Do you see the confusion? First we say "Homosexuals are persons of sacred worth. . . all sexuality is a good gift from God, and to be fully human this gift must be affirmed by the church, etc." Then we say that the church does not affirm this gift for homosexuals. It is "incompatible with Christian teaching."

   the Discipline speaks with one voice in paragraph 65C (ceremonies that celebrate homosexual unions shall not be conducted by our ministers or in our churches) and another in paragraph 117:

"We recognize that God made all creation and saw that it was good. As a diverse people of God who bring special gifts and evidences of God's grace to the unity of the Church and to society, we are called to be faithful to the example of Jesus' ministry to all persons.
"Inclusiveness means openness, acceptance and support that enables all persons to participate in the life of the Church, the community and the world. Thus inclusiveness denies every semblance of discrimination.
"The mark of an inclusive society is one in which all persons are open, welcoming, fully accepting and supporting of all other persons, enabling them to participate fully in the life of the church, the community and the world."

   United Methodists are called to enable persons to participate fully in the life of the church, then forbidden to bless the unions of homosexual persons. Is this full participation with no semblance of discrimination? If the voices are contradictory how does one hold to both sides of a contradiction? Paragraph 117 predates paragraph 65C, it can be argued therefore has the prior legal/Disciplinary claim.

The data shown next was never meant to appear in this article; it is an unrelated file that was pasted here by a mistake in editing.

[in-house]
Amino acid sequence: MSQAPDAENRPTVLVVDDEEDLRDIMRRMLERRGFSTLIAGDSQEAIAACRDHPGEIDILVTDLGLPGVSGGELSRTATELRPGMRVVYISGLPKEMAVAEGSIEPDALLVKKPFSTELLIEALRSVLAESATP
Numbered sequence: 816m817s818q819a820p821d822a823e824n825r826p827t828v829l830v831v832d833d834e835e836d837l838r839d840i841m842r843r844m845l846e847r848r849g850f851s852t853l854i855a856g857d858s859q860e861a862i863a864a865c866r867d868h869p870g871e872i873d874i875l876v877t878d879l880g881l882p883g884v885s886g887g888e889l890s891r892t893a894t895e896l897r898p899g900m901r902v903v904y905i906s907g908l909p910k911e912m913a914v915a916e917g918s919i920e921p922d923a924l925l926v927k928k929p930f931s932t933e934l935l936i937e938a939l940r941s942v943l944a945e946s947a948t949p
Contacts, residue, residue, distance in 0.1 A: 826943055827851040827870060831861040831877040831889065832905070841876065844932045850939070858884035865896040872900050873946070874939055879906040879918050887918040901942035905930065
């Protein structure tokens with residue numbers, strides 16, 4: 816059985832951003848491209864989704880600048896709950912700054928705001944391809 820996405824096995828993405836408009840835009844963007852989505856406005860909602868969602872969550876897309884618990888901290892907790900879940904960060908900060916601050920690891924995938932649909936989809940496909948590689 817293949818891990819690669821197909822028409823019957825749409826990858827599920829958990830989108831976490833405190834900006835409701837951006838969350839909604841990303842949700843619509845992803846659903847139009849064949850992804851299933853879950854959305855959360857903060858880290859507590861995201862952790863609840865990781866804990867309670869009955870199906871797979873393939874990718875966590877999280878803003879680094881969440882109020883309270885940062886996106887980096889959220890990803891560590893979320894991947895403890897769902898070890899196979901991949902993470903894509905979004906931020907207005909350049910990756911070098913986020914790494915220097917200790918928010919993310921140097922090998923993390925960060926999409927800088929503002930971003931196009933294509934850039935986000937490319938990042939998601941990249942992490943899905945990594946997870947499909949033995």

Here is why paragraph 65C seems discriminatory. The only justification within the Discipline for not condoning "the practice of homosexuality" is that it is not consistent with "Christian teaching." First let me say that United Methodist biblical scholars disagree about the nature and meaning of the Christian teaching about homosexuality. This Christian teaching referred to in the Social Principles comes from the Pauline Letters. Biblical scholars disagree on the nature of this teaching.